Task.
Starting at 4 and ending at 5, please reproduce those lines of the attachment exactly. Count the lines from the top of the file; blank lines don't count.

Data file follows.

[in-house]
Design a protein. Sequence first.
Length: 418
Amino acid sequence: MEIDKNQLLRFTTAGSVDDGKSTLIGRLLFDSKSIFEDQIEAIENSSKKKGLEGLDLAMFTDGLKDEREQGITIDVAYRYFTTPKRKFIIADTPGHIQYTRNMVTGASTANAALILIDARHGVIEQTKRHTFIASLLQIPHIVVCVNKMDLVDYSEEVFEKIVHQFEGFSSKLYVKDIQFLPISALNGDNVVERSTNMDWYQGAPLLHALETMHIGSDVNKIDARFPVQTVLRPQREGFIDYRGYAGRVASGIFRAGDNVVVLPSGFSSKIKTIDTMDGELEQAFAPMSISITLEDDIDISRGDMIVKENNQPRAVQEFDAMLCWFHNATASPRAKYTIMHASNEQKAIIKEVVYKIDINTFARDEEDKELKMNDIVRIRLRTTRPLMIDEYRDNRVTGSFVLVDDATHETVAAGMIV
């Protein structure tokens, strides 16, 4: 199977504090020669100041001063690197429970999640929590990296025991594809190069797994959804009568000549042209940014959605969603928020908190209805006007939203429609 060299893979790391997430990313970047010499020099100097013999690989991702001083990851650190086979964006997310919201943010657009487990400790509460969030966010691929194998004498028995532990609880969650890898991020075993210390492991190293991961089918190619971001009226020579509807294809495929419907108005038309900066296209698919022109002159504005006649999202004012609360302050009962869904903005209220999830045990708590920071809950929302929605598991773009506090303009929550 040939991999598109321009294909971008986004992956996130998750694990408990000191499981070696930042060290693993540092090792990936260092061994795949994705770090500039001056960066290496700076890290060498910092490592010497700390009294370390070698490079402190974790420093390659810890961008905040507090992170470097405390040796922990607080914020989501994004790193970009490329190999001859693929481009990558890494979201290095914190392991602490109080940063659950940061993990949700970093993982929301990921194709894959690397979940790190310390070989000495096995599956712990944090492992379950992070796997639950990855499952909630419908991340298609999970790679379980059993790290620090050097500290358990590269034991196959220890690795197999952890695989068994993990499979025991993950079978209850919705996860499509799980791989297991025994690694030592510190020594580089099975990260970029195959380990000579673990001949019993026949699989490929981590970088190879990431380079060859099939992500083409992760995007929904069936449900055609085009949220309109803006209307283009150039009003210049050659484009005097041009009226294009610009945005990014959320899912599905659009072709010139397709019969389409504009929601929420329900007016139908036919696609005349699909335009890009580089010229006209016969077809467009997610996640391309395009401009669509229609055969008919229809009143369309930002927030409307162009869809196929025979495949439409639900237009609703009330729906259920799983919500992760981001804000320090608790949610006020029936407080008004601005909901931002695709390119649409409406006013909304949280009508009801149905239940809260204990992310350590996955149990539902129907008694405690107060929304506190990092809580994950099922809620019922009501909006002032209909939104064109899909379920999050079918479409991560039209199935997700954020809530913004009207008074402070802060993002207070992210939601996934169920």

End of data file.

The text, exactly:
Amino acid sequence: MEIDKNQLLRFTTAGSVDDGKSTLIGRLLFDSKSIFEDQIEAIENSSKKKGLEGLDLAMFTDGLKDEREQGITIDVAYRYFTTPKRKFIIADTPGHIQYTRNMVTGASTANAALILIDARHGVIEQTKRHTFIASLLQIPHIVVCVNKMDLVDYSEEVFEKIVHQFEGFSSKLYVKDIQFLPISALNGDNVVERSTNMDWYQGAPLLHALETMHIGSDVNKIDARFPVQTVLRPQREGFIDYRGYAGRVASGIFRAGDNVVVLPSGFSSKIKTIDTMDGELEQAFAPMSISITLEDDIDISRGDMIVKENNQPRAVQEFDAMLCWFHNATASPRAKYTIMHASNEQKAIIKEVVYKIDINTFARDEEDKELKMNDIVRIRLRTTRPLMIDEYRDNRVTGSFVLVDDATHETVAAGMIV
């Protein structure tokens, strides 16, 4: 199977504090020669100041001063690197429970999640929590990296025991594809190069797994959804009568000549042209940014959605969603928020908190209805006007939203429609 060299893979790391997430990313970047010499020099100097013999690989991702001083990851650190086979964006997310919201943010657009487990400790509460969030966010691929194998004498028995532990609880969650890898991020075993210390492991190293991961089918190619971001009226020579509807294809495929419907108005038309900066296209698919022109002159504005006649999202004012609360302050009962869904903005209220999830045990708590920071809950929302929605598991773009506090303009929550 040939991999598109321009294909971008986004992956996130998750694990408990000191499981070696930042060290693993540092090792990936260092061994795949994705770090500039001056960066290496700076890290060498910092490592010497700390009294370390070698490079402190974790420093390659810890961008905040507090992170470097405390040796922990607080914020989501994004790193970009490329190999001859693929481009990558890494979201290095914190392991602490109080940063659950940061993990949700970093993982929301990921194709894959690397979940790190310390070989000495096995599956712990944090492992379950992070796997639950990855499952909630419908991340298609999970790679379980059993790290620090050097500290358990590269034991196959220890690795197999952890695989068994993990499979025991993950079978209850919705996860499509799980791989297991025994690694030592510190020594580089099975990260970029195959380990000579673990001949019993026949699989490929981590970088190879990431380079060859099939992500083409992760995007929904069936449900055609085009949220309109803006209307283009150039009003210049050659484009005097041009009226294009610009945005990014959320899912599905659009072709010139397709019969389409504009929601929420329900007016139908036919696609005349699909335009890009580089010229006209016969077809467009997610996640391309395009401009669509229609055969008919229809009143369309930002927030409307162009869809196929025979495949439409639900237009609703009330729906259920799983919500992760981001804000320090608790949610006020029936407080008004601005909901931002695709390119649409409406006013909304949280009508009801149905239940809260204990992310350590996955149990539902129907008694405690107060929304506190990092809580994950099922809620019922009501909006002032209909939104064109899909379920999050079918479409991560039209199935997700954020809530913004009207008074402070802060993002207070992210939601996934169920």